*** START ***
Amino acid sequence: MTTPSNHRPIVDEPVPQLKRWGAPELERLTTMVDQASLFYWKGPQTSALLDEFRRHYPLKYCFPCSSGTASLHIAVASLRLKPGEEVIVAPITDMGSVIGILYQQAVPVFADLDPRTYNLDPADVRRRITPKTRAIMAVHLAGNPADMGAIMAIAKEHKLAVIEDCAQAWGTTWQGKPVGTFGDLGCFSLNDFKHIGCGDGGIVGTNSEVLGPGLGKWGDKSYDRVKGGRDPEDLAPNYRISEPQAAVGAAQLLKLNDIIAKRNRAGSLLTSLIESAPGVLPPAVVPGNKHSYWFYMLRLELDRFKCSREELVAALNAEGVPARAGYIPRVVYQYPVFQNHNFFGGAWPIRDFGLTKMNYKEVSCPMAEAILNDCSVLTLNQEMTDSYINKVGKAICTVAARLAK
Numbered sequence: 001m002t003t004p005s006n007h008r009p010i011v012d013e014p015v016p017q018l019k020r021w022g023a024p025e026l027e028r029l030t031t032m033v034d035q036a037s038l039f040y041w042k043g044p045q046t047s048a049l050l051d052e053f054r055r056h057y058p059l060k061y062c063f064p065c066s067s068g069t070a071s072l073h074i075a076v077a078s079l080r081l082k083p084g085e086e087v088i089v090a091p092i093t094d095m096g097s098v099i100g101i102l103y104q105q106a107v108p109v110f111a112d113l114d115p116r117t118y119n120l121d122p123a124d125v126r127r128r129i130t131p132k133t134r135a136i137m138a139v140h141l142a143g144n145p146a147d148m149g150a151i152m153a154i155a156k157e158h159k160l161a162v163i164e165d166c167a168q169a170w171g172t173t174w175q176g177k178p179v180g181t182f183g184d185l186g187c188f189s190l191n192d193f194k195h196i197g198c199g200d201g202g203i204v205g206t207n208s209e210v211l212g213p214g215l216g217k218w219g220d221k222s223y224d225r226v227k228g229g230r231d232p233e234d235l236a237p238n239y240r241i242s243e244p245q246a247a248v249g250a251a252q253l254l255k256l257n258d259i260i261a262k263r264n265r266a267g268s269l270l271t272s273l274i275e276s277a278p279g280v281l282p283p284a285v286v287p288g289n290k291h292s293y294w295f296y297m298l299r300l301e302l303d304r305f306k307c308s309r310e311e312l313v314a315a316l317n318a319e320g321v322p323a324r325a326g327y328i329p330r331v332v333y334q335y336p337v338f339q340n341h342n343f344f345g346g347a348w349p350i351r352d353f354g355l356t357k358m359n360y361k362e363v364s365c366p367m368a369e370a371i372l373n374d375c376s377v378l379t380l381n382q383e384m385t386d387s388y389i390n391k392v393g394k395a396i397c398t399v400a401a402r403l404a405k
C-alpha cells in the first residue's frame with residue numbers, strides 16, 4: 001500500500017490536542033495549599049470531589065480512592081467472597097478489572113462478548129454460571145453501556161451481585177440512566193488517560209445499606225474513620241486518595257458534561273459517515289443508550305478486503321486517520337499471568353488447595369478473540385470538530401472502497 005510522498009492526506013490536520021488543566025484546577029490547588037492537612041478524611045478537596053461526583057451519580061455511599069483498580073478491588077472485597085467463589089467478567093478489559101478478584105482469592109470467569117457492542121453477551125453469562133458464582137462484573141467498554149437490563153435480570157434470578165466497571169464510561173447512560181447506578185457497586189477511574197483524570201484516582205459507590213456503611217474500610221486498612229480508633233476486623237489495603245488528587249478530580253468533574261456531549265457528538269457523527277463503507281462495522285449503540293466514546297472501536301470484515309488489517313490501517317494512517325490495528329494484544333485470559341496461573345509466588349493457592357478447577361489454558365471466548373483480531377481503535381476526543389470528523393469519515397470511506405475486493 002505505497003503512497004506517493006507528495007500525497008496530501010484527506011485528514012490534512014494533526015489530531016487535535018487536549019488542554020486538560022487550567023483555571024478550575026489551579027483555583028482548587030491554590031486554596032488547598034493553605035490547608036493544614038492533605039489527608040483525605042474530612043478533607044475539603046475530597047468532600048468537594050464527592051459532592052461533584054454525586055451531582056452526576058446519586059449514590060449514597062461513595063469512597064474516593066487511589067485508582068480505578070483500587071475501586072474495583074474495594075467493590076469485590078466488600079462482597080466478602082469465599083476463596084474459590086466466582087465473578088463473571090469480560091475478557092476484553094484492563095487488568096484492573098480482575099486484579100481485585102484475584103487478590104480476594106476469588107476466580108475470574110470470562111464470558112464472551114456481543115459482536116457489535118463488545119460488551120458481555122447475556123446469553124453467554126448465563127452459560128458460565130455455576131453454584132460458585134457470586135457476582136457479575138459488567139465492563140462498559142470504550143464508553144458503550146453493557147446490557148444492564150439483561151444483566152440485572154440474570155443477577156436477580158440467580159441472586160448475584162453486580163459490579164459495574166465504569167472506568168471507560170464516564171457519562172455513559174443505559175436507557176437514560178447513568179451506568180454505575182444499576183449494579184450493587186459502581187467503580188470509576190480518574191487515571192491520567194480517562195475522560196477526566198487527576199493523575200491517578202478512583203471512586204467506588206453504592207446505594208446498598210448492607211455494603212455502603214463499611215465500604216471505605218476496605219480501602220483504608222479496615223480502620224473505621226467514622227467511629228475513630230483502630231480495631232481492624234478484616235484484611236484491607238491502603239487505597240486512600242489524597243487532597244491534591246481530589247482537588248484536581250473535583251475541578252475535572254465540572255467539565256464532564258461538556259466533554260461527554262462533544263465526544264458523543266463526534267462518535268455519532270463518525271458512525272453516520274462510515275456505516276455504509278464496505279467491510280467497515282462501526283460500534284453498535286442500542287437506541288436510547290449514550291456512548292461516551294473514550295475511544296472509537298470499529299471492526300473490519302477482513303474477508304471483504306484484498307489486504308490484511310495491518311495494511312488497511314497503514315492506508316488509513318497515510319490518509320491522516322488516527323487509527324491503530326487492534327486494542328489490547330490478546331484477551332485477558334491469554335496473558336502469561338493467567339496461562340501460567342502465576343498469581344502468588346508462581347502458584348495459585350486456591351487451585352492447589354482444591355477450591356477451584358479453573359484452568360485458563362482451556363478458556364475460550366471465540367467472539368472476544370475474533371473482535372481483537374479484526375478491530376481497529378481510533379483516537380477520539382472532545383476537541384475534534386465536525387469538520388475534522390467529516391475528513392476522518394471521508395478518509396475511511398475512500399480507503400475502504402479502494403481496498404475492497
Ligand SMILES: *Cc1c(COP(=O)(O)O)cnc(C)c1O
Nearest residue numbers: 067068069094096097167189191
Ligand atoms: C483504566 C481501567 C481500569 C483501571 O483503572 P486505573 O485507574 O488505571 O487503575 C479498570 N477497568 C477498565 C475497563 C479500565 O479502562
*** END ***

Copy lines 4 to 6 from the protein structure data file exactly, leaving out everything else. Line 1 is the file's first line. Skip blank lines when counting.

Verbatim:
Ligand SMILES: *Cc1c(COP(=O)(O)O)cnc(C)c1O
Nearest residue numbers: 067068069094096097167189191
Ligand atoms: C483504566 C481501567 C481500569 C483501571 O483503572 P486505573 O485507574 O488505571 O487503575 C479498570 N477497568 C477498565 C475497563 C479500565 O479502562